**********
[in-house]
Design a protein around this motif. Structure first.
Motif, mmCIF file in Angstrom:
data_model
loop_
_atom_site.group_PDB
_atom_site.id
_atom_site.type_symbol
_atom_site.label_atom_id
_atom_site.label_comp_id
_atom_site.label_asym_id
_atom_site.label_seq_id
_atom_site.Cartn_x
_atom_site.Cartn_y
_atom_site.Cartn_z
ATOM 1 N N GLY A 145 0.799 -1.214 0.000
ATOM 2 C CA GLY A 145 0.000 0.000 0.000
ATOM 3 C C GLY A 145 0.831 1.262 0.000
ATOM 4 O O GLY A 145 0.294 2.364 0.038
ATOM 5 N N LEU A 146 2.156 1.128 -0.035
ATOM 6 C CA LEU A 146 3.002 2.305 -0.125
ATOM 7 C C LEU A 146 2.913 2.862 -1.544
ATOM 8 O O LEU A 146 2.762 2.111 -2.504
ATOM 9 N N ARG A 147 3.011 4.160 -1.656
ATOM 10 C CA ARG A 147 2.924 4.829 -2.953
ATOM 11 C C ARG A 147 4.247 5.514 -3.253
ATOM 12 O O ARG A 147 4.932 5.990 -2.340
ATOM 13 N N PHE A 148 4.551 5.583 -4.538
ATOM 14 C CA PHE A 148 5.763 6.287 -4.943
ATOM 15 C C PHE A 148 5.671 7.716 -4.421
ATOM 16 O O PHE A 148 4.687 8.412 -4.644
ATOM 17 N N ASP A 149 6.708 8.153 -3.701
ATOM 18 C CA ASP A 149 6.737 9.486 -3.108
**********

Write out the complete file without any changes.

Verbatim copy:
[in-house]
Design a protein around this motif. Structure first.
Motif, mmCIF file in Angstrom:
data_model
loop_
_atom_site.group_PDB
_atom_site.id
_atom_site.type_symbol
_atom_site.label_atom_id
_atom_site.label_comp_id
_atom_site.label_asym_id
_atom_site.label_seq_id
_atom_site.Cartn_x
_atom_site.Cartn_y
_atom_site.Cartn_z
ATOM 1 N N GLY A 145 0.799 -1.214 0.000
ATOM 2 C CA GLY A 145 0.000 0.000 0.000
ATOM 3 C C GLY A 145 0.831 1.262 0.000
ATOM 4 O O GLY A 145 0.294 2.364 0.038
ATOM 5 N N LEU A 146 2.156 1.128 -0.035
ATOM 6 C CA LEU A 146 3.002 2.305 -0.125
ATOM 7 C C LEU A 146 2.913 2.862 -1.544
ATOM 8 O O LEU A 146 2.762 2.111 -2.504
ATOM 9 N N ARG A 147 3.011 4.160 -1.656
ATOM 10 C CA ARG A 147 2.924 4.829 -2.953
ATOM 11 C C ARG A 147 4.247 5.514 -3.253
ATOM 12 O O ARG A 147 4.932 5.990 -2.340
ATOM 13 N N PHE A 148 4.551 5.583 -4.538
ATOM 14 C CA PHE A 148 5.763 6.287 -4.943
ATOM 15 C C PHE A 148 5.671 7.716 -4.421
ATOM 16 O O PHE A 148 4.687 8.412 -4.644
ATOM 17 N N ASP A 149 6.708 8.153 -3.701
ATOM 18 C CA ASP A 149 6.737 9.486 -3.108